National Geographic Society Newsroom

Explorer of the Week: Martin Nweeia

Updated on 9/29/12 Rather than pursuing a childhood dream of being an orchestra conductor, Martin Nweeia chose to be a dentist and marine mammal biologist instead. With help from a National Geographic grant, he sought to uncover the secrets behind the extraordinary tusk of a whale—the narwhal—that resembles the horn of a unicorn. In 2000,...

Updated on 9/29/12

Rather than pursuing a childhood dream of being an orchestra conductor, Martin Nweeia chose to be a dentist and marine mammal biologist instead. With help from a National Geographic grant, he sought to uncover the secrets behind the extraordinary tusk of a whale—the narwhal—that resembles the horn of a unicorn. In 2000, Nweeia and a team of scientists discovered that the tusk can bend one foot in any direction and that its nerve system could detect temperature, pressure, motion, and more. “I love when life points you in directions that you resist,” Nweeia explains. “It’s too easy when things make sense, and life hums along. There was nothing about the narwhal that made any sense to me.”

What project are you working on now?
The narwhal tusk has fascinated and baffled scientists for hundreds of years. I am involved with discovering its functional significance.

Picture of Martin Nweeia and team examining a narwhal's tusk
Martin Nweeia and Team Examine a Narwhal's Tusk, Photograph by Courtney Watt

Why do narwhals have these strange tusks?
We believe it’s a sensory organ capable of detecting variables of pressure, temperature and particle gradients. Since the tusk is associated primarily with males, it likely has an importance for males in detecting females, perhaps the waters where females in estrus are located or another variable they can sense. As with many sensory organs, there may be multiple functions for the tusk, so other theories may prove true though are not believed to be primary. It is compelling that the narwhal has taken the evolutionary path of silencing eight pairs of teeth in its embryological development and stimulating one pair in such a dramatic, and uncharacteristic way. Narwhal eat large fish and yet have no teeth in their mouth to chew or bite; they swallow them whole. They have taken all of their tooth producing potential and invested in this large single pair of teeth. Normally the right tusk remains embedded in the upper jaw, but occasionally is expressed with the left tusk as a double-tusked narwhal. Females may also express a tusk though not as prevalent as males. Learn more about the narwhal here!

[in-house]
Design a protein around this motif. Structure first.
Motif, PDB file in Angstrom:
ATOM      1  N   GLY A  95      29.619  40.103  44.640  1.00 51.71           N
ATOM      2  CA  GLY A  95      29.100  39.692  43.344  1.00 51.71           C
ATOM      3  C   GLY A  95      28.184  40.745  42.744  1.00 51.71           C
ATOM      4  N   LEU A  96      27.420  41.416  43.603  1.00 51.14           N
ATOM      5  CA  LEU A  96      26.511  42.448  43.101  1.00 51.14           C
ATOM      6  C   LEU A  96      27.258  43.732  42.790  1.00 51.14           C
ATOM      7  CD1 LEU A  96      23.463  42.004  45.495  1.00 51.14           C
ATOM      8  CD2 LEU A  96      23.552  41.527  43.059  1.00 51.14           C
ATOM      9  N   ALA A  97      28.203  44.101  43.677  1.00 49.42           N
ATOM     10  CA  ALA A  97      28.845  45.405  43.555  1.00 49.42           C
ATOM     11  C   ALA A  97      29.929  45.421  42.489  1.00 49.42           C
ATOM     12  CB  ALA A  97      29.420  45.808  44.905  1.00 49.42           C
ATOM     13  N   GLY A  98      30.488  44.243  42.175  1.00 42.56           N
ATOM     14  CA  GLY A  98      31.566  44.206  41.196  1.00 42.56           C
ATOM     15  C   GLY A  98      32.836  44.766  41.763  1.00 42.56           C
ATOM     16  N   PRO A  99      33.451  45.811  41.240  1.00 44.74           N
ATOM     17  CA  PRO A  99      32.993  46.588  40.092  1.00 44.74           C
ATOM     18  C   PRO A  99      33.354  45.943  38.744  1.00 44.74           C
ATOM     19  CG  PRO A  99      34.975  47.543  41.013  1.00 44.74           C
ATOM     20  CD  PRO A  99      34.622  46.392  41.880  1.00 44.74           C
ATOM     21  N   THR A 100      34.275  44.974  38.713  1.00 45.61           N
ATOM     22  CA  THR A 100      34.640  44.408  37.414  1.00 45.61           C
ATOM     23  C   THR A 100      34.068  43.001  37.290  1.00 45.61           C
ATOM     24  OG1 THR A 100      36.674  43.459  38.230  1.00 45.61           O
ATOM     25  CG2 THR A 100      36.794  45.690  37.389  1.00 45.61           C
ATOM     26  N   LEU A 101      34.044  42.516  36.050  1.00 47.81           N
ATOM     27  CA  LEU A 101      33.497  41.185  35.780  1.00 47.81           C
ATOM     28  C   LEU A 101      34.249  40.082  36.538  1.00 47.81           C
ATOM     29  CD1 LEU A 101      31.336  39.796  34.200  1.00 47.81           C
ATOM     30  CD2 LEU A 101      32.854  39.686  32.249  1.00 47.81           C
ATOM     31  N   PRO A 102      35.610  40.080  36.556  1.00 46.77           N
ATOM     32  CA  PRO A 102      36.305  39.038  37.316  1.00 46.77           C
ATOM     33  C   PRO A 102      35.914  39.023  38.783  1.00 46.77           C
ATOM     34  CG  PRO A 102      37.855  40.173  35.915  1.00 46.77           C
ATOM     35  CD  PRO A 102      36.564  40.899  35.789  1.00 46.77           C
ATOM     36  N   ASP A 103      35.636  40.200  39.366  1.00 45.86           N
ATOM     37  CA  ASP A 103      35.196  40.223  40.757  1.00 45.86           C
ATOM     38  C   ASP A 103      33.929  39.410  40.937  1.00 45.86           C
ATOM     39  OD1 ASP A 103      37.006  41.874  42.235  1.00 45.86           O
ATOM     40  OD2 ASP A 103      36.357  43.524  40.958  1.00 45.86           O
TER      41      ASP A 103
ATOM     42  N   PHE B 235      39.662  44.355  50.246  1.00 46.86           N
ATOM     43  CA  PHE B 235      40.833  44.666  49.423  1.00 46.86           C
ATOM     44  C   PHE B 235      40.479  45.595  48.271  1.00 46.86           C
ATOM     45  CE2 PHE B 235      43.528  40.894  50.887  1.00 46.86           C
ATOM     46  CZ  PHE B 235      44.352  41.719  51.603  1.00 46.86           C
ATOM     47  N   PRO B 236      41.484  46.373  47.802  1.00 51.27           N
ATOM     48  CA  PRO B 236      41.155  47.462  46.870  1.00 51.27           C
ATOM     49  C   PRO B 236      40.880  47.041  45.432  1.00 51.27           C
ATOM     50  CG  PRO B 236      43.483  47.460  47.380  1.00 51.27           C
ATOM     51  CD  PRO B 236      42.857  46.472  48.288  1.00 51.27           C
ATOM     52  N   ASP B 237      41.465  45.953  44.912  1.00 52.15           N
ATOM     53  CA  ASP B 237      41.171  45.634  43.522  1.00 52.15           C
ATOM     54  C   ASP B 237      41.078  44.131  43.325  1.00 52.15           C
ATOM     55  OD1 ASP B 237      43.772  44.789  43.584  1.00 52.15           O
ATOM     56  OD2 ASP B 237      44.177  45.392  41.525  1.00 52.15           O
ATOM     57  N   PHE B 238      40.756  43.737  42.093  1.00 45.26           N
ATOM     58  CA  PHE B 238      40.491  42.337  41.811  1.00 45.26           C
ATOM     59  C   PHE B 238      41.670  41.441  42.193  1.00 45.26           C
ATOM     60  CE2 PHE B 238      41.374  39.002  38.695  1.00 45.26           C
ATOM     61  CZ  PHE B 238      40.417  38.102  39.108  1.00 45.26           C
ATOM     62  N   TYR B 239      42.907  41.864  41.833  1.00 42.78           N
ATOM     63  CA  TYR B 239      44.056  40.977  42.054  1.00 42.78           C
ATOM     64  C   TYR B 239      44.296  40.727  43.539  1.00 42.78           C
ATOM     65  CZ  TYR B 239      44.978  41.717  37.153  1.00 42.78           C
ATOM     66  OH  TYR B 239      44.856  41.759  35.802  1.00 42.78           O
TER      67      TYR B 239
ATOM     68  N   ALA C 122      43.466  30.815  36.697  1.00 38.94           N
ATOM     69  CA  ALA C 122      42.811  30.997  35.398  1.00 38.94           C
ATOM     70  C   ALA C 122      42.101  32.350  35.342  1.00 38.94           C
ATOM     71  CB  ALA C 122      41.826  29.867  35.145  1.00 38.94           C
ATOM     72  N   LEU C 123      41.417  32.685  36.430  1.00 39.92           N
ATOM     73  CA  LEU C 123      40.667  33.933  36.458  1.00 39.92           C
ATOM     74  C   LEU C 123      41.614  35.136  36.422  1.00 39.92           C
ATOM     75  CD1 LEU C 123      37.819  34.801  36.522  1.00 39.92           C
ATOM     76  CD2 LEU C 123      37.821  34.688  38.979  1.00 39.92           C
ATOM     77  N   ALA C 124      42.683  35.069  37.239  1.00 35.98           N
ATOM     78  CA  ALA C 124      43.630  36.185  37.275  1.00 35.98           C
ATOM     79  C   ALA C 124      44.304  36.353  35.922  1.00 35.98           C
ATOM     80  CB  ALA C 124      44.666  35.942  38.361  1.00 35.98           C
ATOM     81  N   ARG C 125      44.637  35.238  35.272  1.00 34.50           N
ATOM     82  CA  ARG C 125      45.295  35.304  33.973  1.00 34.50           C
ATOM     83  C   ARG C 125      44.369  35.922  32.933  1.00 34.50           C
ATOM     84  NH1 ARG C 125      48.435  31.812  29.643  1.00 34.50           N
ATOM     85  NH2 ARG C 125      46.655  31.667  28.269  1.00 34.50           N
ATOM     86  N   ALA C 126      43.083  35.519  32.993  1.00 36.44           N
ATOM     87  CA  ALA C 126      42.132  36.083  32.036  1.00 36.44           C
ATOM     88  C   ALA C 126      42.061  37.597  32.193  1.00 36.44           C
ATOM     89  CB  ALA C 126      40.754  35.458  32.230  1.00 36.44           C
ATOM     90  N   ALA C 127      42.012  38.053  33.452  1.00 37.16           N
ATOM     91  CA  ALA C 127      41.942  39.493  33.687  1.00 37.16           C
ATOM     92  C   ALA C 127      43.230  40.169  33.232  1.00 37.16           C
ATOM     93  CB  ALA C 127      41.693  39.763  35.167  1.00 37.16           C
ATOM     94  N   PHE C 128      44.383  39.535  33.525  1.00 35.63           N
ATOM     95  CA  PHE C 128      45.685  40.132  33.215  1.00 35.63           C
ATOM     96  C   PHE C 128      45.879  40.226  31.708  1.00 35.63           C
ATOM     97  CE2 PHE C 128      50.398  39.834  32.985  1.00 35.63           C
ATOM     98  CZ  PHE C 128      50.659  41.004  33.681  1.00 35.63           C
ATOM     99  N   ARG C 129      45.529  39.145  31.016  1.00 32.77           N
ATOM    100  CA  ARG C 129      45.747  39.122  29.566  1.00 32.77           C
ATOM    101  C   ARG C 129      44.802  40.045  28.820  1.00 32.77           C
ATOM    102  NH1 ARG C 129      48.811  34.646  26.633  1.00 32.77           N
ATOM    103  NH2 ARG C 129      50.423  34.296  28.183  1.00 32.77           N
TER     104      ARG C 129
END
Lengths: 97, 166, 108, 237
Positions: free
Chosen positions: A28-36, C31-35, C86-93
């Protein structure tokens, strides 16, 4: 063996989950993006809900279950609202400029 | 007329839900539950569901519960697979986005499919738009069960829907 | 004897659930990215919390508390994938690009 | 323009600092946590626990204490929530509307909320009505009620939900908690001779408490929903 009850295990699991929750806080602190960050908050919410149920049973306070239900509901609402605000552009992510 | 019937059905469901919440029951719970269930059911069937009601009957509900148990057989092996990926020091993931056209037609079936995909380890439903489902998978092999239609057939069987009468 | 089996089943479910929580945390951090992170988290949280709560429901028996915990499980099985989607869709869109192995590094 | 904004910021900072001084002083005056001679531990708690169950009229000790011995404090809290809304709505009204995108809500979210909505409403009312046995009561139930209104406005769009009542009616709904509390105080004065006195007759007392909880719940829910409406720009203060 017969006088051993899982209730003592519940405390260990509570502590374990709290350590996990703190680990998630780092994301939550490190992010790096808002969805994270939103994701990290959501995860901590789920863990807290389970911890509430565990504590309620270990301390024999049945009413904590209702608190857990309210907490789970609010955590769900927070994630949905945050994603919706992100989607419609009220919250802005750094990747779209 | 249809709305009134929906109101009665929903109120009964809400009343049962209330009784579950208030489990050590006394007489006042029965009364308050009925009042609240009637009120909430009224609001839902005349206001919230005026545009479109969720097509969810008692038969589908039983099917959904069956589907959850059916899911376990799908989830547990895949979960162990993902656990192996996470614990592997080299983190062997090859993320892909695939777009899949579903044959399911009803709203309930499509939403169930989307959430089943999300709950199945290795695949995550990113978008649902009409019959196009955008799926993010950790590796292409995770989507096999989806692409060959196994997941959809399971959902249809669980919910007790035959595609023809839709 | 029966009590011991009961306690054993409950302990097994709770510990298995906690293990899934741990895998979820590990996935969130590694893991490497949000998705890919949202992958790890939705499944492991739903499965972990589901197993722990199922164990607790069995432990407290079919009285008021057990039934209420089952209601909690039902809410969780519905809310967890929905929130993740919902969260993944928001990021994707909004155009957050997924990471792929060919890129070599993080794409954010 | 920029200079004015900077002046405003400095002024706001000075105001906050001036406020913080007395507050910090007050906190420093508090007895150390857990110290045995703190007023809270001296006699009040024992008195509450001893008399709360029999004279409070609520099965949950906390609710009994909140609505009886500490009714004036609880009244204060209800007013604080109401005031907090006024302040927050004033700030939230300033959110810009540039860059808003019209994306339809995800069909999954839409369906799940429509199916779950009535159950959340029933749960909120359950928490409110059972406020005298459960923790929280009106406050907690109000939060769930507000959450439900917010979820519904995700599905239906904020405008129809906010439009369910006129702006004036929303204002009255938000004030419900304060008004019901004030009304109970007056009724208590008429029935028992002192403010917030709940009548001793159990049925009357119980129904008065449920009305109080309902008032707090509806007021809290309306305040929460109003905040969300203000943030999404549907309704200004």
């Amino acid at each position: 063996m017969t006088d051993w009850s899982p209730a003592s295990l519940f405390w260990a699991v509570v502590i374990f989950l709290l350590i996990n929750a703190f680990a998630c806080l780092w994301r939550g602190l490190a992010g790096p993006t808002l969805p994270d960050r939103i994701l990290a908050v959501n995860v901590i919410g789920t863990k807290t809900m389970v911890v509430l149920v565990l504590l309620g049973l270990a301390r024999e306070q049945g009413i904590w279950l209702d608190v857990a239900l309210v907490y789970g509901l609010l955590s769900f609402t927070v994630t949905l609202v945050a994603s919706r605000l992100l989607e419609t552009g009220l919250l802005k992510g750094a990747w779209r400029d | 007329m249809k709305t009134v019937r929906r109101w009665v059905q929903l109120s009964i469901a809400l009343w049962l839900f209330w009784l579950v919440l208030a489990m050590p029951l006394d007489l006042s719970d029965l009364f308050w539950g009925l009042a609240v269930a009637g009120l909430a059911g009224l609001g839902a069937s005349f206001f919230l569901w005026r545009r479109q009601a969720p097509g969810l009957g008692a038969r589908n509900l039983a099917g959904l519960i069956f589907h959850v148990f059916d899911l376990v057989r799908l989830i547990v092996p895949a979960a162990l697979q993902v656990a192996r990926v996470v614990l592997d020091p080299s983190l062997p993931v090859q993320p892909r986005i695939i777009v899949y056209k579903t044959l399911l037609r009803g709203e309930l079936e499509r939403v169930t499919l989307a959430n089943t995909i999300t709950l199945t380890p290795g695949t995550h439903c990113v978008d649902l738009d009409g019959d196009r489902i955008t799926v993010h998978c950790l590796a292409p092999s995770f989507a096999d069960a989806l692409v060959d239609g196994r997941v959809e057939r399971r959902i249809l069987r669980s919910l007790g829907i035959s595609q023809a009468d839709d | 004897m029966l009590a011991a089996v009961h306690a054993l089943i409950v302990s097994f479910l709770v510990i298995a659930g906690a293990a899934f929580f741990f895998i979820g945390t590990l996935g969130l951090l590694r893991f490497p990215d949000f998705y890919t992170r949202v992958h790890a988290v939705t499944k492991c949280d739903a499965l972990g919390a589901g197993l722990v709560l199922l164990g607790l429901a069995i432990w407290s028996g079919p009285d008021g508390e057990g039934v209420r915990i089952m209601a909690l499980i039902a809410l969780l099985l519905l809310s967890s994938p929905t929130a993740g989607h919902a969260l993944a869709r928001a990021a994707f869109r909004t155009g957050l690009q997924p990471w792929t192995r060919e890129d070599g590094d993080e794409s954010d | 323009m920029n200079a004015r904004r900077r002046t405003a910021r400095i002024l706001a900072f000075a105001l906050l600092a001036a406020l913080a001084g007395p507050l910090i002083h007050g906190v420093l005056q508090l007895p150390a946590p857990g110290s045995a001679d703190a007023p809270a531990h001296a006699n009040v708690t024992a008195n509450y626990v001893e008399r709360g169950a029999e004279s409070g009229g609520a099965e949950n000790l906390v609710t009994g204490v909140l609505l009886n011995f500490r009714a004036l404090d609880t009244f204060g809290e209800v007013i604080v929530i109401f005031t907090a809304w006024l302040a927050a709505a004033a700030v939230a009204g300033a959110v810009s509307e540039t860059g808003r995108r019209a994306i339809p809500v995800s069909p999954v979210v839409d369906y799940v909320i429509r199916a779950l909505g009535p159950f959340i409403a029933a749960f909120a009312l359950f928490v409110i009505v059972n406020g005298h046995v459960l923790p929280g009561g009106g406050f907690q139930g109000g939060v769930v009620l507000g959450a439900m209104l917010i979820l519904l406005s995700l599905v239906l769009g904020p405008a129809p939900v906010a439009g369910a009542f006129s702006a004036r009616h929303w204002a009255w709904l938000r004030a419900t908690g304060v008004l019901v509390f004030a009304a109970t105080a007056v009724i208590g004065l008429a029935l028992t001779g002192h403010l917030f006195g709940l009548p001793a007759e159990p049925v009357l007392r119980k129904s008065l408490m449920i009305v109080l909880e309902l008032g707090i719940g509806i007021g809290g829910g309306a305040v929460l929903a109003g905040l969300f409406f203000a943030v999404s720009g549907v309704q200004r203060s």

What’s the biggest surprise you’ve discovered in your field of work?

The biggest insights come from the smallest voices. Though we have uncovered some remarkable scientific discoveries in our research, many of the most profound insights came from Inuit hunters and elders who held mind treasures that directed the science and have additional knowledge that is capable of unlocking ongoing scientific questions.

Have you ever been lost? How did you find your way back?
It’s a long story, but I was involved with the search for a college girlfriend who was on the missing persons list in Colombia, and I had gotten lost in the process. From Bogotá to Santa Marta, and eventually a tribal separation with the Kogi Indians living in the High Sierras, the odyssey took my mind in so many directions, that when I finally returned home, I couldn’t leave my room for nearly a month. It was both brain- and heart-wrenching.

What one item do you always have with you?
Until about five years ago I would have answered swim shorts. Now it would be my iPhone.

If you could trade places with one explorer at National Geographic, who would it be and why?
I admire Bob Ballard; he’s the real deal. While others were and are more concerned with exploitation, he has held true to valuing treasures of the sea that belong to us all. His dedication in reaching out to children is a testament to a belief that we only learn lessons valuable for a sustainable Earth when we are willing to give them to another generation.

Picture of Martin Nweeia measuring narwhal tusks
Dr. Martin Nweeia measuring narwhal tusks at the Zoological Museum, Copenhagen, Denmark, Photograph by Joseph Meehan